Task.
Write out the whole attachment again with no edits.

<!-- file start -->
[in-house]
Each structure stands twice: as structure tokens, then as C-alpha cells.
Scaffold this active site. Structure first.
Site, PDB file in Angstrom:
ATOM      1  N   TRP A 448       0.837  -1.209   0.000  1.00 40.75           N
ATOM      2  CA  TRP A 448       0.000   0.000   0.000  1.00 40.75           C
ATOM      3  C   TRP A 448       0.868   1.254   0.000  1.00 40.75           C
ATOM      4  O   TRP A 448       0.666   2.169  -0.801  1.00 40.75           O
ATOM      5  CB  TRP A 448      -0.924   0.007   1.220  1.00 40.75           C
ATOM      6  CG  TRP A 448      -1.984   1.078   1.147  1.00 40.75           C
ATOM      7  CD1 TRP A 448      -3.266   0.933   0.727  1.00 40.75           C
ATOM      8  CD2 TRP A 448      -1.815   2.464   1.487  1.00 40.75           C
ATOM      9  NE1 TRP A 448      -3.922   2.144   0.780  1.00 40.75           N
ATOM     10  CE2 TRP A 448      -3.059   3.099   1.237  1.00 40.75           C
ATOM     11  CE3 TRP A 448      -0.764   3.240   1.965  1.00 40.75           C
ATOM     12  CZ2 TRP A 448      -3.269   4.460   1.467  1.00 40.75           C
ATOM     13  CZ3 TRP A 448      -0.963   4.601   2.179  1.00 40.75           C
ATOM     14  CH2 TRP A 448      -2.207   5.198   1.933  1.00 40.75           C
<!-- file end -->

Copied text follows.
[in-house]
Each structure stands twice: as structure tokens, then as C-alpha cells.
Scaffold this active site. Structure first.
Site, PDB file in Angstrom:
ATOM      1  N   TRP A 448       0.837  -1.209   0.000  1.00 40.75           N
ATOM      2  CA  TRP A 448       0.000   0.000   0.000  1.00 40.75           C
ATOM      3  C   TRP A 448       0.868   1.254   0.000  1.00 40.75           C
ATOM      4  O   TRP A 448       0.666   2.169  -0.801  1.00 40.75           O
ATOM      5  CB  TRP A 448      -0.924   0.007   1.220  1.00 40.75           C
ATOM      6  CG  TRP A 448      -1.984   1.078   1.147  1.00 40.75           C
ATOM      7  CD1 TRP A 448      -3.266   0.933   0.727  1.00 40.75           C
ATOM      8  CD2 TRP A 448      -1.815   2.464   1.487  1.00 40.75           C
ATOM      9  NE1 TRP A 448      -3.922   2.144   0.780  1.00 40.75           N
ATOM     10  CE2 TRP A 448      -3.059   3.099   1.237  1.00 40.75           C
ATOM     11  CE3 TRP A 448      -0.764   3.240   1.965  1.00 40.75           C
ATOM     12  CZ2 TRP A 448      -3.269   4.460   1.467  1.00 40.75           C
ATOM     13  CZ3 TRP A 448      -0.963   4.601   2.179  1.00 40.75           C
ATOM     14  CH2 TRP A 448      -2.207   5.198   1.933  1.00 40.75           C